Feeds

Symantec, McAfee cough up $750,000 on auto-renewals

'Hide the ball' suspended

Choosing a cloud hosting partner with confidence

Symantec and McAfee have agreed to pay $375,000 apiece to settle charges they charged fees against customer credit cards without authorization.

Under a settlement announced Wednesday by New York attorney general Andrew Cuomo, the antivirus software makers also agreed to more clearly disclose any automatic renewal fees and provide a transparent and automated way for customers to opt out of them.

The agreement by the world's two biggest antivirus providers caps an investigation by New York's top law enforcer that found they failed to adequately disclose to consumers that they would be automatically charged to renew software subscriptions once they expired. A press release issued by Cuomo's office described the practice as "hide the ball."

"Customers have a right to know what they are paying, especially when they are unwittingly agreeing to renewal fees that will not appear on their credit card bill for months," the release went on to say.

Automatic renewals are generally a good thing, since they ensure there are no gaps during which updates to virus definitions aren't available. But they're also good for the companies' bottom lines because fees are automatically charged months after a purchase was originally made. And it's all the better if the customer has a hard time opting out of the renewal, as Cuomo's office alleged.

Cuomo's office claimed the companies charged renewal fees to customers "without their knowledge or consent." This seems to be an exaggeration. Elsewhere in the release, it says notice of the fees was "hidden at the bottom of long webpages or in the fine print of license agreements."

In any event, both companies will notify customers before and after the renewal deadline and will provide refunds for those who request them within 60 days of being charged. The companies will also be clearer about the length of time they will continue to provide support and updates for their software. ®

Internet Security Threat Report 2014

More from The Register

next story
FYI: OS X Yosemite's Spotlight tells Apple EVERYTHING you're looking for
It's on by default – didn't you read the small print?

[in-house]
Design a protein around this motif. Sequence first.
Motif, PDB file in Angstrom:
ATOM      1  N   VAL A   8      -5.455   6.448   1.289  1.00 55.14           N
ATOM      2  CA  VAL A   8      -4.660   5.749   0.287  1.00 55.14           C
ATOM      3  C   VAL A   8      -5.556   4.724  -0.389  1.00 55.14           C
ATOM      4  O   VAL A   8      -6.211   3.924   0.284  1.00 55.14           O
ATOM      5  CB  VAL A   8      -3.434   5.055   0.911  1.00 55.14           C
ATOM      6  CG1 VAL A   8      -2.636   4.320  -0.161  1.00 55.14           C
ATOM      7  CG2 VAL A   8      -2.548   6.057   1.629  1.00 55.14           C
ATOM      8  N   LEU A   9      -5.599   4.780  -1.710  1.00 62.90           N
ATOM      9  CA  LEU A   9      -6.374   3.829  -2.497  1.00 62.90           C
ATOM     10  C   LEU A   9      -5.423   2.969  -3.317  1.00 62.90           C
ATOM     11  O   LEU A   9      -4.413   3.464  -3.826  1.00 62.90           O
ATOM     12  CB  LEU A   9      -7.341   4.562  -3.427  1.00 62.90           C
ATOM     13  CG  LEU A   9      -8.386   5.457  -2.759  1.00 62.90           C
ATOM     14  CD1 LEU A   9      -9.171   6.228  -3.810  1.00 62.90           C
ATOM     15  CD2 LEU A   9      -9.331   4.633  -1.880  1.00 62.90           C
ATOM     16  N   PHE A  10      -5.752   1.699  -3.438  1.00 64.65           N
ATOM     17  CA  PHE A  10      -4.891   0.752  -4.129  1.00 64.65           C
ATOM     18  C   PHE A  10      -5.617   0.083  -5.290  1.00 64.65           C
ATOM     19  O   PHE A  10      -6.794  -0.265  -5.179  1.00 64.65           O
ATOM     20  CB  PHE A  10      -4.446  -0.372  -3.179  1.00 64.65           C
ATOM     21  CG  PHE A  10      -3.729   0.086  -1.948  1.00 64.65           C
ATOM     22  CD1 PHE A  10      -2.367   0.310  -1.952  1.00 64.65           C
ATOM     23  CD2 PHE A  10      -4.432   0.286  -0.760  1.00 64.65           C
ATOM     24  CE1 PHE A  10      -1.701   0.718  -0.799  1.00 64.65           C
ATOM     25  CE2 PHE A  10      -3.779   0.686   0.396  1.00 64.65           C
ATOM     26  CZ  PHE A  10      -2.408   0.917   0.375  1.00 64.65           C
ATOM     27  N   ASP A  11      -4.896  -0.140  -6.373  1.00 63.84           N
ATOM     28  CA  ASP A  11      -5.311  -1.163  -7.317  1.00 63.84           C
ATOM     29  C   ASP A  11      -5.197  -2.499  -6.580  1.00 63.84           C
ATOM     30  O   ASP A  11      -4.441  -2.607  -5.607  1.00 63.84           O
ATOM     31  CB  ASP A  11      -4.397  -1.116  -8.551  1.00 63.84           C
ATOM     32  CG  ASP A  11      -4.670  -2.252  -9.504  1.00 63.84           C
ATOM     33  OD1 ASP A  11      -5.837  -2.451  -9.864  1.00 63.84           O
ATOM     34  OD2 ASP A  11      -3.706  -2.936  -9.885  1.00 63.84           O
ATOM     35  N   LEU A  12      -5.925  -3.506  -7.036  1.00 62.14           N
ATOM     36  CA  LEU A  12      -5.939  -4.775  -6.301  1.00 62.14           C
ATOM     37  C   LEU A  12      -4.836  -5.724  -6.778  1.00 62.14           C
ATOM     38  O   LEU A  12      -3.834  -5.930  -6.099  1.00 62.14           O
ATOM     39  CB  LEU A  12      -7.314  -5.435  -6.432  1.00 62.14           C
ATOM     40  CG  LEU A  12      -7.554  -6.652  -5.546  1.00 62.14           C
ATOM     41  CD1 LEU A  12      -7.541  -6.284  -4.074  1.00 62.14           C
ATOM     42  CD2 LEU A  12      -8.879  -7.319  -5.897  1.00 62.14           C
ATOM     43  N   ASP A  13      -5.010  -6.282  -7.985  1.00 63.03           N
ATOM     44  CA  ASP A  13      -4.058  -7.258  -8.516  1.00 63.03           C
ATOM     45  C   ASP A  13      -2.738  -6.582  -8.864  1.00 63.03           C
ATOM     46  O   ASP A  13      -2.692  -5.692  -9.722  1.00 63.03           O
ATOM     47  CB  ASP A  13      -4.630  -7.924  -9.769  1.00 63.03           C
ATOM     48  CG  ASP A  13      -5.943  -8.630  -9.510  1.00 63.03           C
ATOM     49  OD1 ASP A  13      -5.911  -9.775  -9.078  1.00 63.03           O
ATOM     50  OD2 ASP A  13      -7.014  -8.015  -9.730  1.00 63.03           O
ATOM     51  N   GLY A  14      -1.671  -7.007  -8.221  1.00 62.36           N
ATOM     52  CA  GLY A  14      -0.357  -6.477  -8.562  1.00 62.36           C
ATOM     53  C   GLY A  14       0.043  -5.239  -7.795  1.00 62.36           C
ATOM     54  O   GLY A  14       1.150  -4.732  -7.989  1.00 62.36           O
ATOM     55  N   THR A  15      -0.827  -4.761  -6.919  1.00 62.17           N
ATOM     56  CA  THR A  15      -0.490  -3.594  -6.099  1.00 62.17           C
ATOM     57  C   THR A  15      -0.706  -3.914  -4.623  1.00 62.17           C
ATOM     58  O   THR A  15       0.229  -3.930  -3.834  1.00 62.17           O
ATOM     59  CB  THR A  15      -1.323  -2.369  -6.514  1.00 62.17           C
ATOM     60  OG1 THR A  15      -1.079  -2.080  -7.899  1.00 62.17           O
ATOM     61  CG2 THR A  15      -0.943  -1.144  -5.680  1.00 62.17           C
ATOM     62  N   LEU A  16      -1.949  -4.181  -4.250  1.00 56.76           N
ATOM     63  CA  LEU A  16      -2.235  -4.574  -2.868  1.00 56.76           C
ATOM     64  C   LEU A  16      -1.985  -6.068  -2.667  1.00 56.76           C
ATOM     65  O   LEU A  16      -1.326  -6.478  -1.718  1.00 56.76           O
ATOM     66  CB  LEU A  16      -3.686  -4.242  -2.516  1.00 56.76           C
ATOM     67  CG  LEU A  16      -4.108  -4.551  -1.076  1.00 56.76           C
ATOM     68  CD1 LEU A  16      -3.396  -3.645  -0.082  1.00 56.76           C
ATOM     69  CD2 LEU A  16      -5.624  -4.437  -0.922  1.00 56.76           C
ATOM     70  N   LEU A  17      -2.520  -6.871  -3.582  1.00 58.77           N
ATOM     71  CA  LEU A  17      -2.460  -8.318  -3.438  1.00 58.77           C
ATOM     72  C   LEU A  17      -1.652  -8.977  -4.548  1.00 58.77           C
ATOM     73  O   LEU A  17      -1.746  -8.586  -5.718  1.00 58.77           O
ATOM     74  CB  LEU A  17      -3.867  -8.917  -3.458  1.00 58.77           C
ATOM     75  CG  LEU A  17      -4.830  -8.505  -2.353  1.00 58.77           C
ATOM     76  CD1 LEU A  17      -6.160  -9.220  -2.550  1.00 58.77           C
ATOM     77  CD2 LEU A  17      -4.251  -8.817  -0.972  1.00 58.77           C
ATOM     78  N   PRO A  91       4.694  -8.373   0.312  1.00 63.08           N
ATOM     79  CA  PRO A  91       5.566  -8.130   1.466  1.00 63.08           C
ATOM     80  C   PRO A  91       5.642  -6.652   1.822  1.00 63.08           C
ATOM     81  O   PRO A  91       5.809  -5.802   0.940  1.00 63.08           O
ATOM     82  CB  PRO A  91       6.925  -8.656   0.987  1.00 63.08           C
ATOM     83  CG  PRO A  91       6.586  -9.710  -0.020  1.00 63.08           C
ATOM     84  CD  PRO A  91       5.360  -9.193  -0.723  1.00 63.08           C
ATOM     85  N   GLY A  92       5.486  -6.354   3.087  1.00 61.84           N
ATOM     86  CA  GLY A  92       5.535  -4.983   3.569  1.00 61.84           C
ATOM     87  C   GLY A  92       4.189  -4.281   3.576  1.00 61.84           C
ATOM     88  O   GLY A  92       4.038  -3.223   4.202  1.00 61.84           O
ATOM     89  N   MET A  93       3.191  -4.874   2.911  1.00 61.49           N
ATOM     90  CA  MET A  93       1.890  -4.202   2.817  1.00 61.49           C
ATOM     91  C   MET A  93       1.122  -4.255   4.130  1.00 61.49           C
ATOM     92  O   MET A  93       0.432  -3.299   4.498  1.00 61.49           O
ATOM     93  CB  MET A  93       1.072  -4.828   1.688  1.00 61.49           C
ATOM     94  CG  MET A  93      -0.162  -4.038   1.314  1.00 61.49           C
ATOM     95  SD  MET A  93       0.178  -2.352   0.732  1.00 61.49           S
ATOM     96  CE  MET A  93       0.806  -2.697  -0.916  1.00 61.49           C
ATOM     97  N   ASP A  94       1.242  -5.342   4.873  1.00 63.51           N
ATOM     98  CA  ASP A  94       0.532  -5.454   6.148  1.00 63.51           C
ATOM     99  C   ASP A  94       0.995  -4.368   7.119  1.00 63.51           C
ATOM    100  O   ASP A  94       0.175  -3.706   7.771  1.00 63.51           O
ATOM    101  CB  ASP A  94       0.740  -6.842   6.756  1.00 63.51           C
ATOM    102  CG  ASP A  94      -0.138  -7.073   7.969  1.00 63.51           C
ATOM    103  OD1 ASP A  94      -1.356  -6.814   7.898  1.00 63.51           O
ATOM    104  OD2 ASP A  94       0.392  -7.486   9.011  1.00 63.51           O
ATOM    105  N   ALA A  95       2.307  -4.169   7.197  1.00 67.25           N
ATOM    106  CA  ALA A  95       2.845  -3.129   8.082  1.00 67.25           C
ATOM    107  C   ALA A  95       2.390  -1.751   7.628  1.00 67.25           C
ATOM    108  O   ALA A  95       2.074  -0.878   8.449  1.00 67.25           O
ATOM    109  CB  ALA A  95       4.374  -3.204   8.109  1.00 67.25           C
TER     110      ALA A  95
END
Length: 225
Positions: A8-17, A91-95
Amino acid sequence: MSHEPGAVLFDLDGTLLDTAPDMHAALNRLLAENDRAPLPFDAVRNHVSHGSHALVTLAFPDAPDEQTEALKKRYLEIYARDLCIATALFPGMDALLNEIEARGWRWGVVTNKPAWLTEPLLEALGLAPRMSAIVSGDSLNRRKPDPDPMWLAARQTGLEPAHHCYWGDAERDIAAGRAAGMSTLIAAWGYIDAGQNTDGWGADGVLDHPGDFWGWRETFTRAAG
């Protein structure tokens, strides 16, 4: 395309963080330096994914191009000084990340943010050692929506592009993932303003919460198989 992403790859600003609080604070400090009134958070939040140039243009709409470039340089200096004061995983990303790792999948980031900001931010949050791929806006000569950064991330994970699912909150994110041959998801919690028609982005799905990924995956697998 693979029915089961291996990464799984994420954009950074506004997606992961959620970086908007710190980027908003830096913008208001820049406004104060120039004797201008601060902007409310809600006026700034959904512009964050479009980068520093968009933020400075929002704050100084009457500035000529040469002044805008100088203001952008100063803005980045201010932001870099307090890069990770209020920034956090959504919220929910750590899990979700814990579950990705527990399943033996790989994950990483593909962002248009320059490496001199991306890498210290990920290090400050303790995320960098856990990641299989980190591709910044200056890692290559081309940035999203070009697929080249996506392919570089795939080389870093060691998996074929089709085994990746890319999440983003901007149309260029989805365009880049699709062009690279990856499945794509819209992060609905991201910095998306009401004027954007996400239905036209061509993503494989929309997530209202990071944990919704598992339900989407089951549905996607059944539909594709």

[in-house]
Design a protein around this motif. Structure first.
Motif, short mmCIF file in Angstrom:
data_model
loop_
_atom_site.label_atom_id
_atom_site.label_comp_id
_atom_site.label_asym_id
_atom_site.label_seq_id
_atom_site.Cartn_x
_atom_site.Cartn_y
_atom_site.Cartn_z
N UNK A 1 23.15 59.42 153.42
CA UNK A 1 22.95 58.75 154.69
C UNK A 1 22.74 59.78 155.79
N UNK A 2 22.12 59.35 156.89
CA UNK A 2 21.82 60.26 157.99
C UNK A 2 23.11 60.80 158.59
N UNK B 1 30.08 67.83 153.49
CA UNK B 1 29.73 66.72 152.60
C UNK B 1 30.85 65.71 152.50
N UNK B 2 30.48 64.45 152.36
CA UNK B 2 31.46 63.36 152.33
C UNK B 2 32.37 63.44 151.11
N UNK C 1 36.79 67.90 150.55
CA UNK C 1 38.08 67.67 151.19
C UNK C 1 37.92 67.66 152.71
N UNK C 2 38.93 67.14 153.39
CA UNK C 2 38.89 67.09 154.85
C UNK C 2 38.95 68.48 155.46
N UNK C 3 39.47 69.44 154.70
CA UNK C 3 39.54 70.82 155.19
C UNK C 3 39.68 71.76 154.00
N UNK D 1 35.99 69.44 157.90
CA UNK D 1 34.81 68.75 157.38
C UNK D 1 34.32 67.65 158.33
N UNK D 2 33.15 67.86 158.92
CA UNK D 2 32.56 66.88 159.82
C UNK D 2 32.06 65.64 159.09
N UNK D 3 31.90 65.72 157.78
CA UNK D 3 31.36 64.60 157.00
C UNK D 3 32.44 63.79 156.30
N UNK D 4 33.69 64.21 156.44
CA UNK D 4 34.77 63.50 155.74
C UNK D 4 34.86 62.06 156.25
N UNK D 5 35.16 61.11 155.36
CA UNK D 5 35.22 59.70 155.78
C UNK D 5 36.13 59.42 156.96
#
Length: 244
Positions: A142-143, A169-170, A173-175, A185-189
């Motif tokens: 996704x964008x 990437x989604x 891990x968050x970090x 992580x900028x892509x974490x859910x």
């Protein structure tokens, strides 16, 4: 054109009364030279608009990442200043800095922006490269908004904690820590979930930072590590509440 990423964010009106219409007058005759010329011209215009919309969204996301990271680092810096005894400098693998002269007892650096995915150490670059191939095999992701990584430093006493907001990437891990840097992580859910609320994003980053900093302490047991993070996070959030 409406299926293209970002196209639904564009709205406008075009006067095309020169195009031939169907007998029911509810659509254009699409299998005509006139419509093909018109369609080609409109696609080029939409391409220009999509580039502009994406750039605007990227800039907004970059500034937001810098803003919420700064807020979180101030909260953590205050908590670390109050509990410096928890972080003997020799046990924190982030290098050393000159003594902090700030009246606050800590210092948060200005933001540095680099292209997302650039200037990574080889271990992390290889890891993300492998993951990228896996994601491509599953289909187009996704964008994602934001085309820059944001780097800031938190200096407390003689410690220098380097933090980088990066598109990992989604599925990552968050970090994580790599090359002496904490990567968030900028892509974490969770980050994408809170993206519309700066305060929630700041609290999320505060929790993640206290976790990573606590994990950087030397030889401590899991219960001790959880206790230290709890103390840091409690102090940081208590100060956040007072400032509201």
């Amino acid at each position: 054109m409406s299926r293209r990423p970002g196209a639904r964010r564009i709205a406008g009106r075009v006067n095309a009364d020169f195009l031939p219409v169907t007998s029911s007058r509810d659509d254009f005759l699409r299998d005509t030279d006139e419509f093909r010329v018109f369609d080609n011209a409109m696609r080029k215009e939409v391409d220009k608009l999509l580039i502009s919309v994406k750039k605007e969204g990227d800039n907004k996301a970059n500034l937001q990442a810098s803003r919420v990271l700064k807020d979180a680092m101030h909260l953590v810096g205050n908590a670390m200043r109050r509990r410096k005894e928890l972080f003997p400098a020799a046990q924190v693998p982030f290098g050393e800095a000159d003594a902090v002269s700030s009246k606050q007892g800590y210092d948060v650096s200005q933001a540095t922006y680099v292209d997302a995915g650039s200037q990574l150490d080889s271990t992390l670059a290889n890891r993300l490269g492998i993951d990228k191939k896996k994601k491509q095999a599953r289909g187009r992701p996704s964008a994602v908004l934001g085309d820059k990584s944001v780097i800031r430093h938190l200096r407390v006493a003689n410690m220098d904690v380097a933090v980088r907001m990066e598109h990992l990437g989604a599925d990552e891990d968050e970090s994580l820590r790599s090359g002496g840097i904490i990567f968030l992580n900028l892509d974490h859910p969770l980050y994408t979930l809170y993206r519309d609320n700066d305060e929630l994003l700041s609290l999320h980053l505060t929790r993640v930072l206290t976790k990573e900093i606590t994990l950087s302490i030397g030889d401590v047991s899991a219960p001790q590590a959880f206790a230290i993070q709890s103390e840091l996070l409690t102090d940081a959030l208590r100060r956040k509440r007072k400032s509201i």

Russian hackers exploit 'Sandworm' bug 'to spy on NATO, EU PCs'
Fix imminent from Microsoft for Vista, Server 2008, other stuff
Edward who? GCHQ boss dodges Snowden topic during last speech
UK spies would rather 'walk' than do 'mass surveillance'
Microsoft pulls another dodgy patch
Redmond makes a hash of hashing add-on
NOT OK GOOGLE: Android images can conceal code
It's been fixed, but hordes won't have applied the upgrade
'LulzSec leader Aush0k' found to be naughty boy not worthy of jail
15 months home detention leaves egg on feds' faces as they grab for more power
China is ALREADY spying on Apple iCloud users, claims watchdog
Attack harvests users' info at iPhone 6 launch
prev story

Whitepapers

Forging a new future with identity relationship management
Learn about ForgeRock's next generation IRM platform and how it is designed to empower CEOS's and enterprises to engage with consumers.
Why and how to choose the right cloud vendor
The benefits of cloud-based storage in your processes. Eliminate onsite, disk-based backup and archiving in favor of cloud-based data protection.
Three 1TB solid state scorchers up for grabs
Big SSDs can be expensive but think big and think free because you could be the lucky winner of one of three 1TB Samsung SSD 840 EVO drives that we’re giving away worth over £300 apiece.
Reg Reader Research: SaaS based Email and Office Productivity Tools
Read this Reg reader report which provides advice and guidance for SMBs towards the use of SaaS based email and Office productivity tools.
Security for virtualized datacentres
Legacy security solutions are inefficient due to the architectural differences between physical and virtual environments.